What the research has shown is that living with two married parents provides significant developmental benefits to children. The decline of religious belief and stable family structures have left young Americans with fewer ways to learn important life skills and shifted the burden of teaching these skills to the education system. It appears that educational leaders ignore SEL at their peril.
As a college student, it’s apparent that many of my peers don’t have the social and emotional skills that they should. Academically, they may be bright and successful, but their K-12 education failed to mold them into well-rounded students.
Taking AP classes and building impressive college applications may have helped them get into prestigious schools, but they struggle to deal with complex emotions. Students today are more anxious and depressed than previous generations. SEL can help those high-achieving, anxious students, and it can also help struggling students whose lack of social and emotional skills is holding them back from academic achievement. Both students need to improve on SEL before they can achieve in the “core” academic areas.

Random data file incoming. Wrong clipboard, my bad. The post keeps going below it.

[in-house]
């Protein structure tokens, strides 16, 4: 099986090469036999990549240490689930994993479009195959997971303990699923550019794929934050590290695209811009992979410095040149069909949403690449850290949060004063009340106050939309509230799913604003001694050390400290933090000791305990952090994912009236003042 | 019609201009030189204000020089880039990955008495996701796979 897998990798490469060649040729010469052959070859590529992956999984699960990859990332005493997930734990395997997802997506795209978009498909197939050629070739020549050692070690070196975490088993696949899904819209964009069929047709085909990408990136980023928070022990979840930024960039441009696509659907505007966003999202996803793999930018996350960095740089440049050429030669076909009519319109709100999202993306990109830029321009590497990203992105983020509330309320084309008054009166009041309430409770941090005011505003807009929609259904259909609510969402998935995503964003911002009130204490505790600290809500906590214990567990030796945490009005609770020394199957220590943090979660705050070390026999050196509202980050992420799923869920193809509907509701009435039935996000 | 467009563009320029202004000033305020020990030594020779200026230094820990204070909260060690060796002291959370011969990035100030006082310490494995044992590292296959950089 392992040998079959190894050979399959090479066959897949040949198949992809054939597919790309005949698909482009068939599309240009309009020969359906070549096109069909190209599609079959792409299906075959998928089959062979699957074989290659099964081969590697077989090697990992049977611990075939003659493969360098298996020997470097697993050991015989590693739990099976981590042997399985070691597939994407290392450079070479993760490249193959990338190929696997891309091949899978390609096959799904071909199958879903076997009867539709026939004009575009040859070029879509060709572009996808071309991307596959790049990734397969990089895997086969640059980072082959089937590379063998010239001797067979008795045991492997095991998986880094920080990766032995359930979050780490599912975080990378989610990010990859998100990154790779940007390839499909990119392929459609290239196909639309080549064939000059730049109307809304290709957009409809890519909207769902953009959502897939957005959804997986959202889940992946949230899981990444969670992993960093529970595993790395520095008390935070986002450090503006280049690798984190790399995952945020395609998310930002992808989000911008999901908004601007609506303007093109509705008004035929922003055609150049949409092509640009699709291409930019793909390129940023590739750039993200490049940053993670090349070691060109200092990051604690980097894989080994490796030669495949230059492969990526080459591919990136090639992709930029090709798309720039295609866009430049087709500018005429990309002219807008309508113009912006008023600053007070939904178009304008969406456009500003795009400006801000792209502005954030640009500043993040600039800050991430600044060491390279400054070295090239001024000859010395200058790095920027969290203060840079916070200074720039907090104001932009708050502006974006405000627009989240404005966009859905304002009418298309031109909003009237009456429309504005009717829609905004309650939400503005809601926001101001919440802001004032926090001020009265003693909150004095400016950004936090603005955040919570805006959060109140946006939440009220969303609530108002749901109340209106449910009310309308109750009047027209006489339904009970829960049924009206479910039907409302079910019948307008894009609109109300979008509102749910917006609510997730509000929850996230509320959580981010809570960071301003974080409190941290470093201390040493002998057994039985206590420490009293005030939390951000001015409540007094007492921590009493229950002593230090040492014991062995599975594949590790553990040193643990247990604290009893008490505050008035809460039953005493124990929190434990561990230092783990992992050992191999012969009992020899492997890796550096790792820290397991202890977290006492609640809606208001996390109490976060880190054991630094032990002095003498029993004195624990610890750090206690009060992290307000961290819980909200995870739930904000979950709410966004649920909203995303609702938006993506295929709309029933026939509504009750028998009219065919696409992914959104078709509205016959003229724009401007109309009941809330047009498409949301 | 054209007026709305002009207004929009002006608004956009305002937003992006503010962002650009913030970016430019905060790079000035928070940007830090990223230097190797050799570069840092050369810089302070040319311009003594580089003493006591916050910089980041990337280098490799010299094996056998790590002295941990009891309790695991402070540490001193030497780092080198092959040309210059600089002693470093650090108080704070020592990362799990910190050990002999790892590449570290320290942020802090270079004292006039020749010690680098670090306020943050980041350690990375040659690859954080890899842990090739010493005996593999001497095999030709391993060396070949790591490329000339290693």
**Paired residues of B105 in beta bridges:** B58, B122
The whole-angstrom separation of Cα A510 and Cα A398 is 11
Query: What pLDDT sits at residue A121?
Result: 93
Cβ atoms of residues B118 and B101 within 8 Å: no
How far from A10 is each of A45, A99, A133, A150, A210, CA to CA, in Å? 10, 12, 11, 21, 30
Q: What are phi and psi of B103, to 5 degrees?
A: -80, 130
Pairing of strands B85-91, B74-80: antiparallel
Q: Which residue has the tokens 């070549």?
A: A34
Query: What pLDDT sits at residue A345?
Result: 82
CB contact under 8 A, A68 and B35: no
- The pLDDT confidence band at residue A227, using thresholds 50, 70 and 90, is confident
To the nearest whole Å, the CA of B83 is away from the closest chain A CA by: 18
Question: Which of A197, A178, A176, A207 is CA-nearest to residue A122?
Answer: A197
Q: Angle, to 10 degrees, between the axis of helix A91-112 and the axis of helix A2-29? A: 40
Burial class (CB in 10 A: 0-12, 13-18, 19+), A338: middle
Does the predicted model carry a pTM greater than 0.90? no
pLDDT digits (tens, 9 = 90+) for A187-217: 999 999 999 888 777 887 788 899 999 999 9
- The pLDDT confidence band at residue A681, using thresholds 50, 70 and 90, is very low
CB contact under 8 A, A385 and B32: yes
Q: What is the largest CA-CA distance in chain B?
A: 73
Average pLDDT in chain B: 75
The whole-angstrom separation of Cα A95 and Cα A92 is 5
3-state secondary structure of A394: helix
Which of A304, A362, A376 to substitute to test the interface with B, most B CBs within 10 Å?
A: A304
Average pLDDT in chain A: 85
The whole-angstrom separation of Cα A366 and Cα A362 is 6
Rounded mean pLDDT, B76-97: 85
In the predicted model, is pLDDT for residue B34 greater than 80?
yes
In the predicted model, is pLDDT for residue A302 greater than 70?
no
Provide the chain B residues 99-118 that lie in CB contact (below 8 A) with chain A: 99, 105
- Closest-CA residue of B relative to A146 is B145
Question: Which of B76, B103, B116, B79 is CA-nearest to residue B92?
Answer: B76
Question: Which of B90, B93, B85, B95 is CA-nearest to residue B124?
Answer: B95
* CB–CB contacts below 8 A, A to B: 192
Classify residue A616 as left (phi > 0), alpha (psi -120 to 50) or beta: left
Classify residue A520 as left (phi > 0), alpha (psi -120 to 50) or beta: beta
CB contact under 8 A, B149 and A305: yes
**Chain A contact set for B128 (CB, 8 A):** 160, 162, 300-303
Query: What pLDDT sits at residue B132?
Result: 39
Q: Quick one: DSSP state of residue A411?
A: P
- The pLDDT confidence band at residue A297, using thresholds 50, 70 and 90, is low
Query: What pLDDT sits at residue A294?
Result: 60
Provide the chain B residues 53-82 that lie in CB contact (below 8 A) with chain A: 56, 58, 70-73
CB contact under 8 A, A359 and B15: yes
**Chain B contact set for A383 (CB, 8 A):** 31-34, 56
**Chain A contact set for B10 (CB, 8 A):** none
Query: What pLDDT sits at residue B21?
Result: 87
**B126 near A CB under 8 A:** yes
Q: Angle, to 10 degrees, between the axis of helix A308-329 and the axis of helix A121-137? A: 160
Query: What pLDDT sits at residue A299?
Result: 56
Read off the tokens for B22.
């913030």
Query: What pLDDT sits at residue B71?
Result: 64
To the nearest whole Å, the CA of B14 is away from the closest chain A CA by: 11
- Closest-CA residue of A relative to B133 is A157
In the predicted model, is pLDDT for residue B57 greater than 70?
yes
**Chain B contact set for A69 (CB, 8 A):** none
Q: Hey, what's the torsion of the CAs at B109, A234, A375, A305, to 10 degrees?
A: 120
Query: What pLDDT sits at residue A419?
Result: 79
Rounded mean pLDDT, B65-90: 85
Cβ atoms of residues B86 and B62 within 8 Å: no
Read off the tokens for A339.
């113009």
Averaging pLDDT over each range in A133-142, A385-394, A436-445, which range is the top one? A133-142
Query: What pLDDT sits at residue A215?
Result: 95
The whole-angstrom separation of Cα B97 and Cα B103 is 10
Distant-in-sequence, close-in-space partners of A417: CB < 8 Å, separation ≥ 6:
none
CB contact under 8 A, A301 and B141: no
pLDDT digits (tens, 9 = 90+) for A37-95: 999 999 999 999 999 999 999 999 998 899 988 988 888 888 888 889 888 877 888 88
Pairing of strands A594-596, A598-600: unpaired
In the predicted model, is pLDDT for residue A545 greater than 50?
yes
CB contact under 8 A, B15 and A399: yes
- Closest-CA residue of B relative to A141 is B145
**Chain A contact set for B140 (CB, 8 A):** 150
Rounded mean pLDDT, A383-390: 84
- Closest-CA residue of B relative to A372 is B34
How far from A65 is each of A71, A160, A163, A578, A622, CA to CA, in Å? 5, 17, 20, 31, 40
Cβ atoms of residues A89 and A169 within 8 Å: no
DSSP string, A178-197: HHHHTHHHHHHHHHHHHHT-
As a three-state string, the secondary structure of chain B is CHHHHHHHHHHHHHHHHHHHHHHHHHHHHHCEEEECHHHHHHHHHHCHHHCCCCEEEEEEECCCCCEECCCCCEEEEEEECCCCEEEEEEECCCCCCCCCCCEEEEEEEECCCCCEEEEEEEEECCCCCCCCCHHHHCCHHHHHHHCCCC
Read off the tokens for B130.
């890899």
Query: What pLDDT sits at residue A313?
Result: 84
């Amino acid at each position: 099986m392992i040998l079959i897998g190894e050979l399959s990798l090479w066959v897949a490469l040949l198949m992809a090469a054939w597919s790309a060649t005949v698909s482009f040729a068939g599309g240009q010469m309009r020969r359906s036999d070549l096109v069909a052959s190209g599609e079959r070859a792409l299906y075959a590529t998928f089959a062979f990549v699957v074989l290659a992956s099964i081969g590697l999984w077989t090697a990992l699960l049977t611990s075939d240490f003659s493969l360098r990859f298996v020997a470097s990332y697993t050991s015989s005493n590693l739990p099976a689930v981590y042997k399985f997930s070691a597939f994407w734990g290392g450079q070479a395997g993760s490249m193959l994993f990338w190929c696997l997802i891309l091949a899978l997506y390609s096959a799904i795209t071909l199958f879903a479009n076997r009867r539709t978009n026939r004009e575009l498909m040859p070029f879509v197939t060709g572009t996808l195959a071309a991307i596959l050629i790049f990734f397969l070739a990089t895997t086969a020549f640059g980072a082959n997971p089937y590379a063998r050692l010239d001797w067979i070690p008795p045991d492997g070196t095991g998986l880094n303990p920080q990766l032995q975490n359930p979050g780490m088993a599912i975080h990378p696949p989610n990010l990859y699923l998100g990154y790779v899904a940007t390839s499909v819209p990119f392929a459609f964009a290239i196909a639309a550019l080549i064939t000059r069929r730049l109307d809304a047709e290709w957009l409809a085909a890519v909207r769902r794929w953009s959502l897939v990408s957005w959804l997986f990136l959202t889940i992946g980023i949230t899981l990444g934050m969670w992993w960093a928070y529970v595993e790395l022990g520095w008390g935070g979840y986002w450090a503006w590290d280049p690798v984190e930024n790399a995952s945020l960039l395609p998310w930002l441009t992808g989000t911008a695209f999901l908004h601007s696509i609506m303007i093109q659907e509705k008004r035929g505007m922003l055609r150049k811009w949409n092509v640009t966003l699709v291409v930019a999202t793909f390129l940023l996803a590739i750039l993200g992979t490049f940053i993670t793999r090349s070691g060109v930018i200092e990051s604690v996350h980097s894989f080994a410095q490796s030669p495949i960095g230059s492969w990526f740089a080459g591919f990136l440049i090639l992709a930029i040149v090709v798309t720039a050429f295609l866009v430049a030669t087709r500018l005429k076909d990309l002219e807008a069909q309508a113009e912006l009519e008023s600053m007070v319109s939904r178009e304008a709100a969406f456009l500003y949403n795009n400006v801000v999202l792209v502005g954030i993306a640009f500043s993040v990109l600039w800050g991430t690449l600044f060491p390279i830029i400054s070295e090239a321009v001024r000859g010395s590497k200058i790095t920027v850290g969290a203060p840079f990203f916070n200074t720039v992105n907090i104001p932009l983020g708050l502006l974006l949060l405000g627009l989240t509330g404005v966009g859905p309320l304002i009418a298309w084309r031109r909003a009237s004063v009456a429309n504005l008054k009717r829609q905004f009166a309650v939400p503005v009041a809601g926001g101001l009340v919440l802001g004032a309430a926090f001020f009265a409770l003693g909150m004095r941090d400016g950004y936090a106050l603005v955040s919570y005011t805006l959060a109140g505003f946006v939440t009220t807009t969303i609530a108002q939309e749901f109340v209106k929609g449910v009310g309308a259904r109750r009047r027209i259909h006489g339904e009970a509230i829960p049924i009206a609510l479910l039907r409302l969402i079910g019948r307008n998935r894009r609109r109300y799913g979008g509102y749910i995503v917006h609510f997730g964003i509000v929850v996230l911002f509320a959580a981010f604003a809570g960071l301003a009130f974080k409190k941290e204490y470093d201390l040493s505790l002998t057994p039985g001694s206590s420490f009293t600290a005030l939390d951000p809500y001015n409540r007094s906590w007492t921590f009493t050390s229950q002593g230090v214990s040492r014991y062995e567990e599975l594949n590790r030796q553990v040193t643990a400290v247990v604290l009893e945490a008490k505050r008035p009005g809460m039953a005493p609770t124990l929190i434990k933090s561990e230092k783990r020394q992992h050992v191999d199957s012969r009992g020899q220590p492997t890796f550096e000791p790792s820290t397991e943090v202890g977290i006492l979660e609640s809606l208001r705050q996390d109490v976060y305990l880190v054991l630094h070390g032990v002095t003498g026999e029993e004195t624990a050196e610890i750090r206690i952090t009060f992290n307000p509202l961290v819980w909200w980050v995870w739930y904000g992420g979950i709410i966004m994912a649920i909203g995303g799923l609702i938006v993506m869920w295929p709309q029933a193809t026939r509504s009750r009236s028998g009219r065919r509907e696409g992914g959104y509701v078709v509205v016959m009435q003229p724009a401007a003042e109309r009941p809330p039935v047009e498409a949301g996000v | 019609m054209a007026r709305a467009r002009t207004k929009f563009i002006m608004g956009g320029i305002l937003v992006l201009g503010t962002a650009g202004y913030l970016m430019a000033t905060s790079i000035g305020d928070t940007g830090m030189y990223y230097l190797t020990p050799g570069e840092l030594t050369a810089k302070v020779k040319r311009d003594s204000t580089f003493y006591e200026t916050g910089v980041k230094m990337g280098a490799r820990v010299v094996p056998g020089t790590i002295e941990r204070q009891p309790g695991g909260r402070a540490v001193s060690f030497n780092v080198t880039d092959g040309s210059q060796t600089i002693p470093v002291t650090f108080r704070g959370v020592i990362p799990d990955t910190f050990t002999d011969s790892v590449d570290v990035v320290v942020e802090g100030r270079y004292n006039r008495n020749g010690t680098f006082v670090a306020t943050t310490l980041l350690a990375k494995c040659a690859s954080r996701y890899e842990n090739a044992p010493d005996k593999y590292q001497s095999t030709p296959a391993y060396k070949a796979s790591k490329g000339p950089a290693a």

Social and emotional skills are necessary for the proper development of our children—the educational system needs to do a better job of taking them into account. SEL seeks to help children and young adults flourish in and after school.
Without the guiding hand of wisdom, students will struggle to learn these skills alone. If teachers and professors take note of this need, they’ll prepare students for success in the academy and in the workplace.
Eric Jansen is a senior Music Education student at Florida State University. He has previously written for Quillette and is currently co-host of the Twin Takes podcast where he discusses today’s cultural, social, and political issues with his twin brother Christian. His Twitter is @thethrumpet1.